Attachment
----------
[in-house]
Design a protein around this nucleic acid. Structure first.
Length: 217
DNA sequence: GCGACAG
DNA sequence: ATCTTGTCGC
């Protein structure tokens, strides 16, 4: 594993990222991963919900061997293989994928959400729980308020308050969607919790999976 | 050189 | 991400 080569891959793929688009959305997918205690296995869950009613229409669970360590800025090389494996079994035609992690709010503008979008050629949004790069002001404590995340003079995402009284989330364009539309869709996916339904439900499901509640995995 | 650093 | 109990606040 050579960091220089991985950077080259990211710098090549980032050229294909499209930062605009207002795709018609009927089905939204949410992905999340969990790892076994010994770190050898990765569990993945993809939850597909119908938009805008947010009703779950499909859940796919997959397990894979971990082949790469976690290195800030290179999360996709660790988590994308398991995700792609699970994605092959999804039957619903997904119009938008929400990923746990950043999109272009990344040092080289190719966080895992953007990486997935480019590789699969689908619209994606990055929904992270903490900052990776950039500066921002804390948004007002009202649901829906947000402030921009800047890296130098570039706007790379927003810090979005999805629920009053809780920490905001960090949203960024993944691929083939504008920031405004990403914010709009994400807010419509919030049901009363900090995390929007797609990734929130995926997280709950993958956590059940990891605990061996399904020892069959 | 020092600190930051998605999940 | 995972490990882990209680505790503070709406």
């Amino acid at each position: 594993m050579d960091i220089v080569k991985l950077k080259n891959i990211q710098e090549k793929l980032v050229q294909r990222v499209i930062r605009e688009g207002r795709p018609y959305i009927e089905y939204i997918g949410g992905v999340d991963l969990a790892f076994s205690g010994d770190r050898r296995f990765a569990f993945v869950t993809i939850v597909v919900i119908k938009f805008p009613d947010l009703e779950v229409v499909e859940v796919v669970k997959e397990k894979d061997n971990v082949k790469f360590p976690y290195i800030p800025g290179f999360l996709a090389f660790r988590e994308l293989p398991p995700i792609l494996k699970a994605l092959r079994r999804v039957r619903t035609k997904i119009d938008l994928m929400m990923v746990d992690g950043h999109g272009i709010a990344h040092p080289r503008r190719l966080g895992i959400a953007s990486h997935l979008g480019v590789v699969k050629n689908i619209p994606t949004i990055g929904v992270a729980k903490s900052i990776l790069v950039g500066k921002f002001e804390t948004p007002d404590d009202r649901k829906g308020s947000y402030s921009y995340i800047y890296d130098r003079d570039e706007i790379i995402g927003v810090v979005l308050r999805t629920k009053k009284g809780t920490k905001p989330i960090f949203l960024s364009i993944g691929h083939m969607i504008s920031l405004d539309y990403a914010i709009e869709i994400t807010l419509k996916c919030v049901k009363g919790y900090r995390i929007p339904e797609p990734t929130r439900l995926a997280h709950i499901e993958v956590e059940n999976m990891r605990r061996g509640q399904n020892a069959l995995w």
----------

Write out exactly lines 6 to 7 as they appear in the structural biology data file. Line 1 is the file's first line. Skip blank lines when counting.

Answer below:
């Protein structure tokens, strides 16, 4: 594993990222991963919900061997293989994928959400729980308020308050969607919790999976 | 050189 | 991400 080569891959793929688009959305997918205690296995869950009613229409669970360590800025090389494996079994035609992690709010503008979008050629949004790069002001404590995340003079995402009284989330364009539309869709996916339904439900499901509640995995 | 650093 | 109990606040 050579960091220089991985950077080259990211710098090549980032050229294909499209930062605009207002795709018609009927089905939204949410992905999340969990790892076994010994770190050898990765569990993945993809939850597909119908938009805008947010009703779950499909859940796919997959397990894979971990082949790469976690290195800030290179999360996709660790988590994308398991995700792609699970994605092959999804039957619903997904119009938008929400990923746990950043999109272009990344040092080289190719966080895992953007990486997935480019590789699969689908619209994606990055929904992270903490900052990776950039500066921002804390948004007002009202649901829906947000402030921009800047890296130098570039706007790379927003810090979005999805629920009053809780920490905001960090949203960024993944691929083939504008920031405004990403914010709009994400807010419509919030049901009363900090995390929007797609990734929130995926997280709950993958956590059940990891605990061996399904020892069959 | 020092600190930051998605999940 | 995972490990882990209680505790503070709406």
């Amino acid at each position: 594993m050579d960091i220089v080569k991985l950077k080259n891959i990211q710098e090549k793929l980032v050229q294909r990222v499209i930062r605009e688009g207002r795709p018609y959305i009927e089905y939204i997918g949410g992905v999340d991963l969990a790892f076994s205690g010994d770190r050898r296995f990765a569990f993945v869950t993809i939850v597909v919900i119908k938009f805008p009613d947010l009703e779950v229409v499909e859940v796919v669970k997959e397990k894979d061997n971990v082949k790469f360590p976690y290195i800030p800025g290179f999360l996709a090389f660790r988590e994308l293989p398991p995700i792609l494996k699970a994605l092959r079994r999804v039957r619903t035609k997904i119009d938008l994928m929400m990923v746990d992690g950043h999109g272009i709010a990344h040092p080289r503008r190719l966080g895992i959400a953007s990486h997935l979008g480019v590789v699969k050629n689908i619209p994606t949004i990055g929904v992270a729980k903490s900052i990776l790069v950039g500066k921002f002001e804390t948004p007002d404590d009202r649901k829906g308020s947000y402030s921009y995340i800047y890296d130098r003079d570039e706007i790379i995402g927003v810090v979005l308050r999805t629920k009053k009284g809780t920490k905001p989330i960090f949203l960024s364009i993944g691929h083939m969607i504008s920031l405004d539309y990403a914010i709009e869709i994400t807010l419509k996916c919030v049901k009363g919790y900090r995390i929007p339904e797609p990734t929130r439900l995926a997280h709950i499901e993958v956590e059940n999976m990891r605990r061996g509640q399904n020892a069959l995995w």